WASHINGTON — Virginia lawmakers are reporting fewer gifts ever since former Gov. Bob McDonnell was put on trial on corruption charges.
In 2017, state lawmakers reported about $77,000 in gifts and conference access, continuing a decline from the $654,000 in gifts reported in McDonnell’s final year in office in 2013.
McDonnell and his wife were indicted shortly after leaving the executive mansion and then convicted of taking thousands in cash, gifts and trips in exchange for lending their support to a businessman. The U.S. Supreme Court later unanimously overturned the governor’s conviction, and federal prosecutors dropped charges against both him and Maureen McDonnell.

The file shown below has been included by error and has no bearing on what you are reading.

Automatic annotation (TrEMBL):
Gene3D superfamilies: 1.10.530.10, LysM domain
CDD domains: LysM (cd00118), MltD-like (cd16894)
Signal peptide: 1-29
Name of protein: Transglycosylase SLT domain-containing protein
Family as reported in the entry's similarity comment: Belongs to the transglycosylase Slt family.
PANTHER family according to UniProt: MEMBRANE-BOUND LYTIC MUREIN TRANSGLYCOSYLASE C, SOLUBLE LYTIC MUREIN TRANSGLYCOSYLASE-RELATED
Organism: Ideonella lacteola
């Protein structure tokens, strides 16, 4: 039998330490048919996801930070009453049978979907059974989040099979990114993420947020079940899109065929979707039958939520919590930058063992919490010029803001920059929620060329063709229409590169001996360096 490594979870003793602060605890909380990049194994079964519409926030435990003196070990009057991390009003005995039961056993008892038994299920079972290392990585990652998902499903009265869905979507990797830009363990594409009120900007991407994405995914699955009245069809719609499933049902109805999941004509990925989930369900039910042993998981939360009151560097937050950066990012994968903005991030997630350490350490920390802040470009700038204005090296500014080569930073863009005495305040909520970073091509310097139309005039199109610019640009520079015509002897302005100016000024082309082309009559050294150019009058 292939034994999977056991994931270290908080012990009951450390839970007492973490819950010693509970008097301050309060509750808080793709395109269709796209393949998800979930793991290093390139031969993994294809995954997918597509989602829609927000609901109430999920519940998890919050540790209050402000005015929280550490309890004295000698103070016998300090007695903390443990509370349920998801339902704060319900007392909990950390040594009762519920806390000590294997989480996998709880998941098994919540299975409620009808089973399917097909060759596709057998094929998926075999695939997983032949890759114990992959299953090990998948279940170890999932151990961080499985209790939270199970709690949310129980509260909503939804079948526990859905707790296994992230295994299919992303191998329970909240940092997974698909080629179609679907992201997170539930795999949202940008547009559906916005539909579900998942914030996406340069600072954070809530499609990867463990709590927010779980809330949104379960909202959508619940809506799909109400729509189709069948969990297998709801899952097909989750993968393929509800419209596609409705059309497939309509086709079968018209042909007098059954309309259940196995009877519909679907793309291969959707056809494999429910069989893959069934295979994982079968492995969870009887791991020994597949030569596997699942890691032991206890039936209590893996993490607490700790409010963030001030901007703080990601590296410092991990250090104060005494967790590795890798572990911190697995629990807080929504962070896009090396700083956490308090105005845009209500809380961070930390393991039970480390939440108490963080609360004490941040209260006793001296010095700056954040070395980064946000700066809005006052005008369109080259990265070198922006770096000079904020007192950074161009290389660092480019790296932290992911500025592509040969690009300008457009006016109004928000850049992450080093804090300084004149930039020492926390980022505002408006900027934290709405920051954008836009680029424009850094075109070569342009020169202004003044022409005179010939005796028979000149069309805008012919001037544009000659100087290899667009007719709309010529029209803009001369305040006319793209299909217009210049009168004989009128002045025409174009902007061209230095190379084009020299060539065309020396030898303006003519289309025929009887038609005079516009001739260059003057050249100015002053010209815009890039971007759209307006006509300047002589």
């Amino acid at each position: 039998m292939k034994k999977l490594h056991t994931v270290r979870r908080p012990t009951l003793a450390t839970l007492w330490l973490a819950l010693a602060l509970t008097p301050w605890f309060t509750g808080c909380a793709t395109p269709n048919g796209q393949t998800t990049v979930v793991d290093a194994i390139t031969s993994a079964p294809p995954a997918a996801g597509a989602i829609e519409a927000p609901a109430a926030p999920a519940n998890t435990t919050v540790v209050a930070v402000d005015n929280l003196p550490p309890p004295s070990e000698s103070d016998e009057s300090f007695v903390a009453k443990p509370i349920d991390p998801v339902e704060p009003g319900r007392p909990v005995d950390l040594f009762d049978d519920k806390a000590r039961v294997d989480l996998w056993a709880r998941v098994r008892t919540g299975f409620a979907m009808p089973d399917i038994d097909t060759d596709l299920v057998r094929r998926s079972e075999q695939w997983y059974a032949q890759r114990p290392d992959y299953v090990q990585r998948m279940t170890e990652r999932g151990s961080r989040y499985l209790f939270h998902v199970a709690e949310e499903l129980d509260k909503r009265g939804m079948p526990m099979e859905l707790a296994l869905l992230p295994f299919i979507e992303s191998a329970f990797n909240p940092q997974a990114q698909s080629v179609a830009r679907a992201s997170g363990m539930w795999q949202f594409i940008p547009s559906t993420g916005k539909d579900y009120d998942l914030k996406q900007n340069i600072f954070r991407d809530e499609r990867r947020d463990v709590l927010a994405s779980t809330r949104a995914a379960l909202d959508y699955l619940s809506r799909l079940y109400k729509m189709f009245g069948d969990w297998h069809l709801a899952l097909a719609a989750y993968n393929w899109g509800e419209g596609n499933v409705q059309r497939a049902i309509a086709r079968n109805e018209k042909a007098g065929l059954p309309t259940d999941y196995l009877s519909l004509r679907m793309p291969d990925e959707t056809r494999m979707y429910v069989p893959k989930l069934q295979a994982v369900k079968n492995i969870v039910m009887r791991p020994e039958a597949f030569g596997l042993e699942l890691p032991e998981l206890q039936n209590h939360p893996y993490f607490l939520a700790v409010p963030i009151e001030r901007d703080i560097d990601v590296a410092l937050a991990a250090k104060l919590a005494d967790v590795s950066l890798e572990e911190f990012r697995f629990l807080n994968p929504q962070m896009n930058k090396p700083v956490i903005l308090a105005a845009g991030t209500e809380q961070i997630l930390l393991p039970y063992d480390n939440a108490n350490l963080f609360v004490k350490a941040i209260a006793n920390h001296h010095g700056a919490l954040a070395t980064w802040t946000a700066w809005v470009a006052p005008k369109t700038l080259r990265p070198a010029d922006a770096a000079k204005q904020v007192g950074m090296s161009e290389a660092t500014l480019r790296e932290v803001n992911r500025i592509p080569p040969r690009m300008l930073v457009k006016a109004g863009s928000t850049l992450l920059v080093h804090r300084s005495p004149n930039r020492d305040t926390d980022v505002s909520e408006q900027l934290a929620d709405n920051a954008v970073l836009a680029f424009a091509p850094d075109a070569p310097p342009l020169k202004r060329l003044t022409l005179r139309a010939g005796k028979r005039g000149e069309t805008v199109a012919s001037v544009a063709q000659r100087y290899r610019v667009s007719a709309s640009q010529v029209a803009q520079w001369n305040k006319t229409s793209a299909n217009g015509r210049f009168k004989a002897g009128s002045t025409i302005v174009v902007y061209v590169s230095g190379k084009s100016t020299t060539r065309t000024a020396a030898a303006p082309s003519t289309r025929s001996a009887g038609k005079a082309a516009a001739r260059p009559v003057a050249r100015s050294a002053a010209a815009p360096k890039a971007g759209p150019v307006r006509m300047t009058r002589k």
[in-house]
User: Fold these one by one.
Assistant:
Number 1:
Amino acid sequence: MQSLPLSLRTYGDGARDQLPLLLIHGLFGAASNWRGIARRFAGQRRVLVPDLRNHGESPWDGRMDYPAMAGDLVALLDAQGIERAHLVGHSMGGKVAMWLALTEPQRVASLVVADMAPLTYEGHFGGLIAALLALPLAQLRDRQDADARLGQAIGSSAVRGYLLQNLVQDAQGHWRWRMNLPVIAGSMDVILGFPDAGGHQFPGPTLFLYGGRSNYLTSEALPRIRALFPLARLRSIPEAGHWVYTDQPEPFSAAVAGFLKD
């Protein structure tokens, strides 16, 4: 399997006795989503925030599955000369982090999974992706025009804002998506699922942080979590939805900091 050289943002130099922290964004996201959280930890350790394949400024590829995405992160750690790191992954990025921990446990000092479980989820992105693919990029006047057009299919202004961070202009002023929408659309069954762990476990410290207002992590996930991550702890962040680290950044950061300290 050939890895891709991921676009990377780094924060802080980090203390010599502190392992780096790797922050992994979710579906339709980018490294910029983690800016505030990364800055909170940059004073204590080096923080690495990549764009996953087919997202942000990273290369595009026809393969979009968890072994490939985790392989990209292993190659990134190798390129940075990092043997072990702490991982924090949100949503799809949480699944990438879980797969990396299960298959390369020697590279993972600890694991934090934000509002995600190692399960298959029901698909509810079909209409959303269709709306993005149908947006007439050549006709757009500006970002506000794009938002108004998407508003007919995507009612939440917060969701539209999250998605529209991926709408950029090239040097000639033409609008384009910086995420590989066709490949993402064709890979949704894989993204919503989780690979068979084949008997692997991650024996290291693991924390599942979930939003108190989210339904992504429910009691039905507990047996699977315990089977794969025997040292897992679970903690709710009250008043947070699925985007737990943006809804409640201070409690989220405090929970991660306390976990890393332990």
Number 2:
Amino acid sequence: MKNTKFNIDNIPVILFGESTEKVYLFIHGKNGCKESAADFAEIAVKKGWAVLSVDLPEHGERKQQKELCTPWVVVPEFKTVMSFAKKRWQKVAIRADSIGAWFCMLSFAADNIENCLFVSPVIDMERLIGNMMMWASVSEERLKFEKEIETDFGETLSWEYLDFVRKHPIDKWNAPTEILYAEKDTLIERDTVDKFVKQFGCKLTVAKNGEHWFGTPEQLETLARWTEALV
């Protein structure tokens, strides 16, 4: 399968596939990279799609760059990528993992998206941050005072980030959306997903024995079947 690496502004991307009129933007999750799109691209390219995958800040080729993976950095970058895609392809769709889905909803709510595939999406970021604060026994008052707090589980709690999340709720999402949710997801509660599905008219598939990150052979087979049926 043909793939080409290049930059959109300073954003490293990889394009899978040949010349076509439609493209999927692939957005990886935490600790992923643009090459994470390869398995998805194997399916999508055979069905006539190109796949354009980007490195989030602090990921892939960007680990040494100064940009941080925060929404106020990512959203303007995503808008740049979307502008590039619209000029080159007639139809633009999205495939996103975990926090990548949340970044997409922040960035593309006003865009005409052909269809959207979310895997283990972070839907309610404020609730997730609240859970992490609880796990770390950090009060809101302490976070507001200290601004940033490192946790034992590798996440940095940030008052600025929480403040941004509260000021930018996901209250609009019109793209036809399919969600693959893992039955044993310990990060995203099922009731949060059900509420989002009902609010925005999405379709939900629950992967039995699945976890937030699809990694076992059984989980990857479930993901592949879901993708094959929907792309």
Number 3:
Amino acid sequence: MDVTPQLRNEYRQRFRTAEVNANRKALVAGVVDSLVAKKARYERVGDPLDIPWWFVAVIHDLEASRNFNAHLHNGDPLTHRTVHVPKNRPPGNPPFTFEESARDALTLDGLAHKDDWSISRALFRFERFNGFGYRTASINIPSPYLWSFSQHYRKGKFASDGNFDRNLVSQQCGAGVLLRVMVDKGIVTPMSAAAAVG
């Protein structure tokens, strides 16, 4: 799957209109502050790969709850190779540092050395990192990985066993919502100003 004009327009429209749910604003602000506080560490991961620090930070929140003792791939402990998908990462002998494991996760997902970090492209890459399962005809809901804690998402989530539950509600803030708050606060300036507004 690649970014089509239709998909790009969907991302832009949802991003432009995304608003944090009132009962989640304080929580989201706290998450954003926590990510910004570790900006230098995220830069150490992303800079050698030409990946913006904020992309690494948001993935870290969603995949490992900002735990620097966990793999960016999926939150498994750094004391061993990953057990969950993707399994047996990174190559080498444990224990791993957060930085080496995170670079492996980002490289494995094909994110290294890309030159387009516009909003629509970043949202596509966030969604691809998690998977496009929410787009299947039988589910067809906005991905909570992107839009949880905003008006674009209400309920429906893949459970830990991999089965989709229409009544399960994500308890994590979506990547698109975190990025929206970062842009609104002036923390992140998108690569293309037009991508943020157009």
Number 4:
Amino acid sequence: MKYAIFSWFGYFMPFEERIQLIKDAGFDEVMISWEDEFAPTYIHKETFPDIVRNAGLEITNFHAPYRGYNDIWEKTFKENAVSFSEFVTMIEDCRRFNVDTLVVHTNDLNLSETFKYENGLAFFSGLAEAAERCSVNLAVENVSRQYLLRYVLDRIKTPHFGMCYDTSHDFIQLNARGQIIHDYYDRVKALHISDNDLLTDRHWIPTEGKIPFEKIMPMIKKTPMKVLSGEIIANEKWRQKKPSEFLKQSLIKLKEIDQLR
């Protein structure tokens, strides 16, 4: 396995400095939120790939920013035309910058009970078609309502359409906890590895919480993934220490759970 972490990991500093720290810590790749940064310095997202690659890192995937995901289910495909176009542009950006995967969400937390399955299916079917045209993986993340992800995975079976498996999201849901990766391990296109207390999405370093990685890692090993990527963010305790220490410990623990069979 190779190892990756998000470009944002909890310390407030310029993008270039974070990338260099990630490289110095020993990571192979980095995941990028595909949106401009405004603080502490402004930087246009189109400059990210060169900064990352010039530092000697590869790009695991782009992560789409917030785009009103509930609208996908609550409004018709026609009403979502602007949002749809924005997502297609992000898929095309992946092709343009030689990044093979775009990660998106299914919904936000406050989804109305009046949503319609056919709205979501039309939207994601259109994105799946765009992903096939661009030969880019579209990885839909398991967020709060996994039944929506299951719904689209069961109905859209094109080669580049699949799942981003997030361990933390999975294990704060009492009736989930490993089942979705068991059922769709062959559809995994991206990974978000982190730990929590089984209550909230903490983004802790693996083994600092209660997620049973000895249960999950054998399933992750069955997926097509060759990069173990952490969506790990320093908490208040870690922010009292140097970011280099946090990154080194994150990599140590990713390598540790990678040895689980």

After the indictment, lawmakers imposed some restrictions on gifts from lobbyists to legislators, but they have also set exemptions to some of those rules that limit what must be reported.
The items that were reported as gifts or conferences this year were mainly tied to meetings, meals, galas and theater, followed by foreign travel and sports tickets, a Virginia Public Access Project analysis found.
Virginia still has few campaign finance restrictions, so lawmakers are permitted to spend that separate cash on themselves without reporting it as a gift on their statement of economic interest forms or facing limits on the value. Campaign spending is reported separately.